Wednesday, March 16, 2022

Why politicians must pretend to want cheap housing

UQPPES Statecraft Autumn Lecture, March 2022

Let me start with my thesis.

Much of the contemporary debate about housing affordability is a distraction; promoted by vested interests and reinforced by political incentives. The proposed solutions are usually policies that favour property owners, not renters and buyers.

The first way we know something is off is the language. Affordability is a beautifully vague word. It’s a word that works nicely as a covert signal—that is, a word that means something different to your target audience compared to others.

Aspiring homeowners can be led to believe that the word implies cheaper prices to buy homes. Maybe also cheaper rents. They feel their concerns are acknowledged. It appears like something is being done for them.

For homelessness and public housing advocates, the word affordability can imply a boost to public housing investment to provide non-market housing options to the neediest. The word makes it appear that something is being done for them too.

But the beauty of a covert signal is that the true meaning is known only to the target audience. In this case, large property owners and developers. They know that affordability means that absolutely nothing will be done that puts the value of their property assets at risk. To them, the word is an invitation to participate in the next great property scam.

They know that to appear to be doing something about affordability, their political mates will simply ask them what policies they want. Whatever tax break, rezoning, or subsidy they come up with will then become the nation’s new “affordable housing” policy.

It is no leap to say that these outcomes are in fact the real objective of pretending to care about cheap housing by distracting us with the word affordability.

In his 1946 essay on Politics and the English Language, George Orwell wrote:

When there is a gap between one's real and one's declared aims, one turns as it were instinctively to long words and exhausted idioms, like a cuttlefish spurting out ink.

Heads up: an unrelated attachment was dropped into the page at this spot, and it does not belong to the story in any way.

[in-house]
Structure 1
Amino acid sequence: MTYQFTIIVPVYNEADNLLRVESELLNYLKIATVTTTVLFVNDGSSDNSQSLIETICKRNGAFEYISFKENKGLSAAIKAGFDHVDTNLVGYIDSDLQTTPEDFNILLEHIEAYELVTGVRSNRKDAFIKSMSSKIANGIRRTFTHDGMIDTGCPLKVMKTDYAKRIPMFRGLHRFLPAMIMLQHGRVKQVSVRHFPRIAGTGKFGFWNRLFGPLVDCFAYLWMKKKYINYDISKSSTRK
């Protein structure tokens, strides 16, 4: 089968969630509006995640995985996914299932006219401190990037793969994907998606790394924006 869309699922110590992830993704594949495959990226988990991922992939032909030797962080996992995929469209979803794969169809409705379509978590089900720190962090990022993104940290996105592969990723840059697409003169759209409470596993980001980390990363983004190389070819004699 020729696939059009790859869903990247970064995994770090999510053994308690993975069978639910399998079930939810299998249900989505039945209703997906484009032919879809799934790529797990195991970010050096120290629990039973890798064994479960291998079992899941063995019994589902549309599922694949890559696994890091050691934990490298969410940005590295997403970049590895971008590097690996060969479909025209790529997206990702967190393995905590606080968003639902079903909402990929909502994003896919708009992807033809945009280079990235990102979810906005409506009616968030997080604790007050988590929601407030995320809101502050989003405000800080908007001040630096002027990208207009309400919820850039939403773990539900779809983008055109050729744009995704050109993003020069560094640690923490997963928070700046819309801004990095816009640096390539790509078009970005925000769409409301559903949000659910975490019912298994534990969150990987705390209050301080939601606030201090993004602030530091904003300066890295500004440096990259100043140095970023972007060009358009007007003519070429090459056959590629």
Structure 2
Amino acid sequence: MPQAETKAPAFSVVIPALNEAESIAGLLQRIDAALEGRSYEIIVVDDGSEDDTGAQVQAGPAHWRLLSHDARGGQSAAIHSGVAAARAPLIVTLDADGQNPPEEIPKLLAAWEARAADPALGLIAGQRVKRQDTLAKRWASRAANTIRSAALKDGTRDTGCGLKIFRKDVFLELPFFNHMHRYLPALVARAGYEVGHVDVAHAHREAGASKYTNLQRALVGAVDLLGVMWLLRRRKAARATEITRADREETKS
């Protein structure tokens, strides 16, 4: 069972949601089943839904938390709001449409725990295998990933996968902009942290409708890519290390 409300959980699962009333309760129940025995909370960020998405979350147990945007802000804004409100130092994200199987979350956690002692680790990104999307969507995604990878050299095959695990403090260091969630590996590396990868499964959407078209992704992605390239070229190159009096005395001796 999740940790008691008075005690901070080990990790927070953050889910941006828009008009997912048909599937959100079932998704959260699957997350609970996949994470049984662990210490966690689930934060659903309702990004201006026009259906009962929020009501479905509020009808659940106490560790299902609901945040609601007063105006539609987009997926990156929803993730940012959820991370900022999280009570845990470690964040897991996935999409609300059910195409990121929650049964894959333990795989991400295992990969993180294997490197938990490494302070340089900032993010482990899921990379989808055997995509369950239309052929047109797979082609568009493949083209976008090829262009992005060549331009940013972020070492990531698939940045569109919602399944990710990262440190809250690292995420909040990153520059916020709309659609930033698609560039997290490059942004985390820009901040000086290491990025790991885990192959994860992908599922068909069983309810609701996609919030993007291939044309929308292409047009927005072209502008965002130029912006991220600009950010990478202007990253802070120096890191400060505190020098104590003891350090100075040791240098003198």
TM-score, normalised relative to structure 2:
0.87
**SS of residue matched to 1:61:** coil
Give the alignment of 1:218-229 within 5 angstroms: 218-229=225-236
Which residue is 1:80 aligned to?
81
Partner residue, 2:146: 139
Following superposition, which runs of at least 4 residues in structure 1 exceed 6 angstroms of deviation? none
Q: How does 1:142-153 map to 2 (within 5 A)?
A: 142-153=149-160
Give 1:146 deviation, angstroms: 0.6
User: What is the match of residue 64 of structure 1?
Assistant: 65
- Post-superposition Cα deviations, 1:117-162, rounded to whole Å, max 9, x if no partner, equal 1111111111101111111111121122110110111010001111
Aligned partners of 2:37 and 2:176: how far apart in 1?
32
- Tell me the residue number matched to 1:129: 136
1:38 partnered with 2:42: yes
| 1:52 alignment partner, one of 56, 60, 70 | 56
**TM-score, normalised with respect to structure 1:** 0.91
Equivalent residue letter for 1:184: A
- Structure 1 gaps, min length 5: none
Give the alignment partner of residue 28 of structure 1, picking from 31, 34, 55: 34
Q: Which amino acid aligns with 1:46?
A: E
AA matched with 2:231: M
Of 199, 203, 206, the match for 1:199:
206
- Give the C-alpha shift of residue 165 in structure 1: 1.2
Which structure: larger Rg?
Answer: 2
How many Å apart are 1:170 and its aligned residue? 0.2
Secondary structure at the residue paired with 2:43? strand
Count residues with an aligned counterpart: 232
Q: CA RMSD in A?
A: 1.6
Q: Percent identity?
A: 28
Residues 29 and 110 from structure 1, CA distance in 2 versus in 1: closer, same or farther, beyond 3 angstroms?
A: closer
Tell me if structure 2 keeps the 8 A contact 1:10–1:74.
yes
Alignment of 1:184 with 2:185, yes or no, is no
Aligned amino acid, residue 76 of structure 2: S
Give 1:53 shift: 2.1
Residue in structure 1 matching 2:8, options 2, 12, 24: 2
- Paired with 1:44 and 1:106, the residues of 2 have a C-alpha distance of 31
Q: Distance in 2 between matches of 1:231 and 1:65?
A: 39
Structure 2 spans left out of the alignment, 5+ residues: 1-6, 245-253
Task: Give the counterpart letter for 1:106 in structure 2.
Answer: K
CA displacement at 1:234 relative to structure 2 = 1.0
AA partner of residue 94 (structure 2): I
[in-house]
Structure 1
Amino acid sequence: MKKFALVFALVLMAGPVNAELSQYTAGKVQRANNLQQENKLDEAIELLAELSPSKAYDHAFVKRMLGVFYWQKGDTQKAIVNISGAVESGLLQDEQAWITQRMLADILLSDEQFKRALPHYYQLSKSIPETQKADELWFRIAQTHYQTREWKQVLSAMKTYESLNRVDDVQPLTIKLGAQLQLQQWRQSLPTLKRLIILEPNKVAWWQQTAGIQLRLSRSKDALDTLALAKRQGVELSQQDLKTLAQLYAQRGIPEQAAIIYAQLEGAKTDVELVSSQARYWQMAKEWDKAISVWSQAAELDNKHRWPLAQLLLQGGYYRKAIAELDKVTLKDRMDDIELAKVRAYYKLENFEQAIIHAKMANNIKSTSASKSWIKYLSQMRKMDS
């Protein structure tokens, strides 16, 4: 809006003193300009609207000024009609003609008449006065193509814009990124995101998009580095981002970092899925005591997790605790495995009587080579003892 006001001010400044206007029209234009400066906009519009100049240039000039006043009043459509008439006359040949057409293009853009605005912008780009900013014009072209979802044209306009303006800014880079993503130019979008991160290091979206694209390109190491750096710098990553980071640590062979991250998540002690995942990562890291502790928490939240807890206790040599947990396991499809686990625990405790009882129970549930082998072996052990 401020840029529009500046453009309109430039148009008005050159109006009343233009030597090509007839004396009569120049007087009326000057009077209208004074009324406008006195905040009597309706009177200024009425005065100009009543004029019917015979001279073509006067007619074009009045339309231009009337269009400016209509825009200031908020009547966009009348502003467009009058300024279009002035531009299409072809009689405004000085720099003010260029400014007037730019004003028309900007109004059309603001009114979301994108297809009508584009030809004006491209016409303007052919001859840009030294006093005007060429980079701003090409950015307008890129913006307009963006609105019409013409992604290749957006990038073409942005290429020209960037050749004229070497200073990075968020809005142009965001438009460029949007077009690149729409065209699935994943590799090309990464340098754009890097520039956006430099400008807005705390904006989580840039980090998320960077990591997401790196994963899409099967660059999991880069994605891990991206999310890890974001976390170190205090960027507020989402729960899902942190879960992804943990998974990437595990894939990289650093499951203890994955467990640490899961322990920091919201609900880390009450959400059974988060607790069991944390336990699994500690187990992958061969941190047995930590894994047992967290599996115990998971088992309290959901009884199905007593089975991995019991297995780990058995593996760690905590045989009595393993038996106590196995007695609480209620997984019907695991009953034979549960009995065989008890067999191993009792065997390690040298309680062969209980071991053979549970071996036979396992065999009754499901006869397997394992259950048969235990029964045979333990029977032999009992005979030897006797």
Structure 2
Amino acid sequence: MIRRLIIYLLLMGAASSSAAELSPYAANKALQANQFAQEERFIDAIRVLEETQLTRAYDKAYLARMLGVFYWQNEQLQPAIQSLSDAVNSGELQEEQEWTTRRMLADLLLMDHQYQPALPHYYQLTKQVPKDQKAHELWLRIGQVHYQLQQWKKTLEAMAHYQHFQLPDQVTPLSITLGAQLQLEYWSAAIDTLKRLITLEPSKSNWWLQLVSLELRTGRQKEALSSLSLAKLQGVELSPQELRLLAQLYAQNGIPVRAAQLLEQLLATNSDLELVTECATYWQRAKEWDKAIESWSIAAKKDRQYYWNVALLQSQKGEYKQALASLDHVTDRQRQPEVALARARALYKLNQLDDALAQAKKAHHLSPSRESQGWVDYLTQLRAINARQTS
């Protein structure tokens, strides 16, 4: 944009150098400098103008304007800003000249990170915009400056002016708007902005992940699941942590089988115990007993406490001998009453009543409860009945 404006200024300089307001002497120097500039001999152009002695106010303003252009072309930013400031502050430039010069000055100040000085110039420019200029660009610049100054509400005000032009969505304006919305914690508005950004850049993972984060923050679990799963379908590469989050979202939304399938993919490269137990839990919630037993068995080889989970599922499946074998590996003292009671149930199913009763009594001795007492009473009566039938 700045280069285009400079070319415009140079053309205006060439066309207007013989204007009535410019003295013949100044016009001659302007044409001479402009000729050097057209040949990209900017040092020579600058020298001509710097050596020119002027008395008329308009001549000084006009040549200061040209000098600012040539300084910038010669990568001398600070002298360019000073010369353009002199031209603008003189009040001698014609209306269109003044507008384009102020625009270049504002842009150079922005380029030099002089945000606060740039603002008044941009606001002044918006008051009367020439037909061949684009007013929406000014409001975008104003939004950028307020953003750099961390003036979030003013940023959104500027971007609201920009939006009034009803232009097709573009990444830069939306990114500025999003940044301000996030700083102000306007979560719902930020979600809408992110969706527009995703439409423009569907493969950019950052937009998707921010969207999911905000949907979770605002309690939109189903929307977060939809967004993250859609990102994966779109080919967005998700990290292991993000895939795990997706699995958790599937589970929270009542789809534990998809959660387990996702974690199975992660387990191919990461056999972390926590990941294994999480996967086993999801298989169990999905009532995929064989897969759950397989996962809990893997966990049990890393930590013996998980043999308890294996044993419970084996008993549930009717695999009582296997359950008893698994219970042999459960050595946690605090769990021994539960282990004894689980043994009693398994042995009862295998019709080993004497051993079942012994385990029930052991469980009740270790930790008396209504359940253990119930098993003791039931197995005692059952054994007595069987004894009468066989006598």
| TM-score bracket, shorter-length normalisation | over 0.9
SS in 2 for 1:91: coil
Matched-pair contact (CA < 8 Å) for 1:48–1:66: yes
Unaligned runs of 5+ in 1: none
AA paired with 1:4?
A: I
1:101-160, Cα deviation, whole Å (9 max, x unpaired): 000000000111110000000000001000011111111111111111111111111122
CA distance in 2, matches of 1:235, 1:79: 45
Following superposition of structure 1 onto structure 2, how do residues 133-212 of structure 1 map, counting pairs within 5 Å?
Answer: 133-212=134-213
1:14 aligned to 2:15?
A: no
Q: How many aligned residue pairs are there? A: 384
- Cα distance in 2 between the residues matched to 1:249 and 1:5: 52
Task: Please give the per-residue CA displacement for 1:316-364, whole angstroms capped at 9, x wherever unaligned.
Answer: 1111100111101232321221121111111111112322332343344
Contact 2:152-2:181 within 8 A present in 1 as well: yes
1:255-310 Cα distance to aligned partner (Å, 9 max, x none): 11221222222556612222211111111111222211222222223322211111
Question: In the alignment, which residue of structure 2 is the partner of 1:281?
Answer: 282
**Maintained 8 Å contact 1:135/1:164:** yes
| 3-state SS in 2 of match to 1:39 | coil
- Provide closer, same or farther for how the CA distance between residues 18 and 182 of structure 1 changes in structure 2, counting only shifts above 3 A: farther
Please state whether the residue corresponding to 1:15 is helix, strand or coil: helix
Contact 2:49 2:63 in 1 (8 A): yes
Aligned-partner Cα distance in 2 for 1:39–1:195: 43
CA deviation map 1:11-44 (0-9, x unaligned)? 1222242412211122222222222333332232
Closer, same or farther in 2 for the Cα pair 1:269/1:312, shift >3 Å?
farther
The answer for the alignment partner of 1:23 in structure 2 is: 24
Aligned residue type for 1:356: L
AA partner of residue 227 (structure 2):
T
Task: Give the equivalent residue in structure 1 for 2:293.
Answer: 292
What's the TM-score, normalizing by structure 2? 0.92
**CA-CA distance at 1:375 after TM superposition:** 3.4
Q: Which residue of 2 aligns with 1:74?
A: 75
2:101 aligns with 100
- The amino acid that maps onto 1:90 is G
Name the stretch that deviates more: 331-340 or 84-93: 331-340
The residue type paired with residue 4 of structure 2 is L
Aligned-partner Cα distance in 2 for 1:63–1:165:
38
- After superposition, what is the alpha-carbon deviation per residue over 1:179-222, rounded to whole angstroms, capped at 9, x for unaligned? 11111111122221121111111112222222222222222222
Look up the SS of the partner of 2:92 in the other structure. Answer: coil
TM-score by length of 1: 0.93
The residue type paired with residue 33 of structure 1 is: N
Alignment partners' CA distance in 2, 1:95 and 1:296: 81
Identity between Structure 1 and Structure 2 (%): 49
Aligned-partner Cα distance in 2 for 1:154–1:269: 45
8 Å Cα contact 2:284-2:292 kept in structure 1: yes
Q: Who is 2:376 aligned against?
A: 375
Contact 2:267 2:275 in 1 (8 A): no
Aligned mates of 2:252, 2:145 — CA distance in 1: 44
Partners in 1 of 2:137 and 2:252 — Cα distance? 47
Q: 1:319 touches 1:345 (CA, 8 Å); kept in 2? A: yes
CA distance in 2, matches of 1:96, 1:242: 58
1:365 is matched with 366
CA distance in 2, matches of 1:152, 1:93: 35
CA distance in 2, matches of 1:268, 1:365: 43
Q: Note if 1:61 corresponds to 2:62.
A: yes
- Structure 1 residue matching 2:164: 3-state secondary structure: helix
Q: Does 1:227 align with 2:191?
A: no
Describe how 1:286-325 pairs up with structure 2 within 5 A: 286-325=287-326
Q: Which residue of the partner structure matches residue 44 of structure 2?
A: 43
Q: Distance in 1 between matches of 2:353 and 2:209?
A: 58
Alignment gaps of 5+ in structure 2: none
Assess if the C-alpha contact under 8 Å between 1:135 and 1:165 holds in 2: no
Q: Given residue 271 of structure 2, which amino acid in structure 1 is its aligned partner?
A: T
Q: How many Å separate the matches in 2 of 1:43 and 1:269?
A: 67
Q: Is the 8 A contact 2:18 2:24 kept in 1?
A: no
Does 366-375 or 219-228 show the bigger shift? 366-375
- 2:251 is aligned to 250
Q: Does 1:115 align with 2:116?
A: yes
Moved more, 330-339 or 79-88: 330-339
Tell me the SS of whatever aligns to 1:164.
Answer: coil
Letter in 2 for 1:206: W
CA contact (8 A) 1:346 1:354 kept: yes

Affordability is a long word that hides the real aim of boosting the asset portfolios of major property owners behind the declared aim of making housing cheaper for residents.

So why must politicians play this Orwellian game of pretend at all? There are three political economy issues at play.


Read the rest of this post at my new substack page and please subscribe there to get new posts to your email.

Sunday, March 13, 2022

Falinski's housing inquiry report will be peppered with lobbyist catch phrases...

...and many journalists will lap it up uncritically.

Like the dozens of previous housing inquiries before it, Falinski’s inquiry into housing supply will find that giving valuable rezoning development rights to well-connected property owners and developers is the housing policy we need.

The puzzling part is that the housing developers interviewed under oath during the inquiry said that they wouldn’t flood the market to decrease prices even if they could.

Falinksi: Is it not your view that, if we increase the amount of supply, prices will go down?

Mr Helmers: I don't think that's the case…

Mr Long: My view is consistent with Richard's: rezonings won't necessarily lead to lower housing prices…
Falinksi: …[d]o you think if state local governments rezoned more land to allow greater supply, that you could see dwelling prices drop by 20 per cent?

Mr Warner: No. Straight out, I concur with some of the comments before. It's not going to create that much of a difference.

For perspective, Australian capital city housing prices increased 21.7% in the year to September 2021. No housing developer thought it plausible that mass upzoning could get close to reversing one year’s price growth.

Instead, they all latched on to the phrase that mass rezoning will “will moderate price growth”. I have no idea what this means. If price growth is zero in the counterfactual, will it mean prices start falling? If it moderates price growth, why can’t rezoning moderate price growth down to a negative?


Read the rest of this post at my new substack page and please subscribe there to get new posts to your email.

Sunday, March 6, 2022

My COVID story - Part 2

Read My COVID Story - Part 1 here.

January 2021 - Sticking with the crowd

I was approached to write a short piece for The Mint magazine. I sent a rough draft of the type of article I would write. When it dawned on them that I was going to challenge the COVID mantra they decided that they must stick with the crowd and not publish anything.

I later put that draft piece on my blog. The predictions in it have been quite accurate. Take a look.

Back then, zero COVID was still a thing that people thought was possible, despite all evidence. The vaccines were going to be the way to achieve that dream. 

June 2021 — Vaccinate the kids becomes a thing people want to do

I was invited on ABC’s Q+A television program to be a panelist sharing opinions about COVID policy. You might be wondering how someone gets invited. My experience was that Stan Grant and the producers wanted to be able to say that our reaction to COVID was overblown but didn’t want to have to say it themselves and cop the flak.

Here’s a write-up about that appearance from ABC News.

Read the rest of this post at my new substack page and please subscribe there to get new posts to your email.